The pre-budget report announcement that residential care will need to save £250m by 2013 could damage services, social care experts have warned.
Richard Humphries, senior fellow for social care at The King’s Fund, said the £250m saving from residential care by helping people stay in their own homes was unrealistic for a system already chronically underfunded.
“We should be finding ways of putting money into the system, not squeezing every drop out of it,” he said.
Safety of vulnerable people
Gary FitzGerald, chief executive of Action on Elder Abuse, said the savings may be made at the expense of safety because vulnerable people would have to manage their own care. “The money’s probably being saved by removing the extra layer of responsibility,” he said.
The Association of Directors of Adult Social Services (Adass) said some councils were already planning measures to control costs.
“Some local authorites are planning efficiency savings of more than 4% next year,” said John Jackson, joint chair of Adass’ resources committee. “It is naïve to assume that local authorities can simply make further efficiency savings of at least 1% more, in addition to those already found, in the absence of any new government initiatives to help local government or promote closer working and better resource utilisation between the NHS and local government.”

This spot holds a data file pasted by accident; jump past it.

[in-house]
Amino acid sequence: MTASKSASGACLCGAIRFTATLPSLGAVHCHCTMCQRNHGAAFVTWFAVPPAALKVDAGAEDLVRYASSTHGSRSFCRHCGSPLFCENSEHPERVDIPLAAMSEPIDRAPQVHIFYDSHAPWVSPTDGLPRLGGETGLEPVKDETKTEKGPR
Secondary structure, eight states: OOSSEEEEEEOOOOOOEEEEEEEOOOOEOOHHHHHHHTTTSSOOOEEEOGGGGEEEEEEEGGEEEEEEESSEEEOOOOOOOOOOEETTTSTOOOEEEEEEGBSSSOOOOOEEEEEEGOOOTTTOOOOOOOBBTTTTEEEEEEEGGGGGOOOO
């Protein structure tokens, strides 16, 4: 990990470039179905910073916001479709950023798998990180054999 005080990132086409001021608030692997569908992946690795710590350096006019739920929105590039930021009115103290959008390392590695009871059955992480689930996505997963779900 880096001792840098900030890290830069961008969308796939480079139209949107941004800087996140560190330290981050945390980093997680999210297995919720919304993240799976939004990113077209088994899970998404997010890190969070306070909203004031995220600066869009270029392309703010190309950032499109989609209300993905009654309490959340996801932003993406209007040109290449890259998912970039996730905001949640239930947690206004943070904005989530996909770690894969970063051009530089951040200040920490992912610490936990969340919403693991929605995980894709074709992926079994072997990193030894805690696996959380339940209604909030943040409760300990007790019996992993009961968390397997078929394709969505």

However, others were upbeat. Stephen Burke, chief executive of Counsel and Care, said: “I think it’s achievable and realistic but it is a question of local authorities, together with the NHS, finding ways to support people to stay in their own home. But it is also about older people receiving better financial advice.”
Chancellor Alistair Darling’s pre-budget report also requires mental health services to work in a more integrated, efficient way as part of plans to make £10bn efficiency savings in the NHS each year by 2013. However, frontline services, which absorb 95% of spending, are to be protected and will see their budgets raised in line with inflation over the same period.
Prof John Appleby, chief economist at The King’s Fund, warned about the long-term consequences for remaining services. “Clarity is needed about what is at risk if the ‘unprotected’ 5% is cut – equivalent to about £5bn for the NHS in England,” he said. “There may be savings to be made in administration costs but, if training or research is cut, this could have consequences for future productivity and quality.”
Meanwhile, Age Concern and Help the Aged attacked the chancellor’s decision to protect the NHS budgets, saying they left social care to bear the brunt of the cuts. “Ministers have said that addressing the crisis in the care system is one of their top priorities, but the chancellor has failed to match this rhetoric with a commitment on funding,” said head of public policy Andrew Harrop.
David Congdon, head of campaigns at learning disability charity Mencap, said the report gave no indication of sustainable funding for the needs of people with learning disabilities.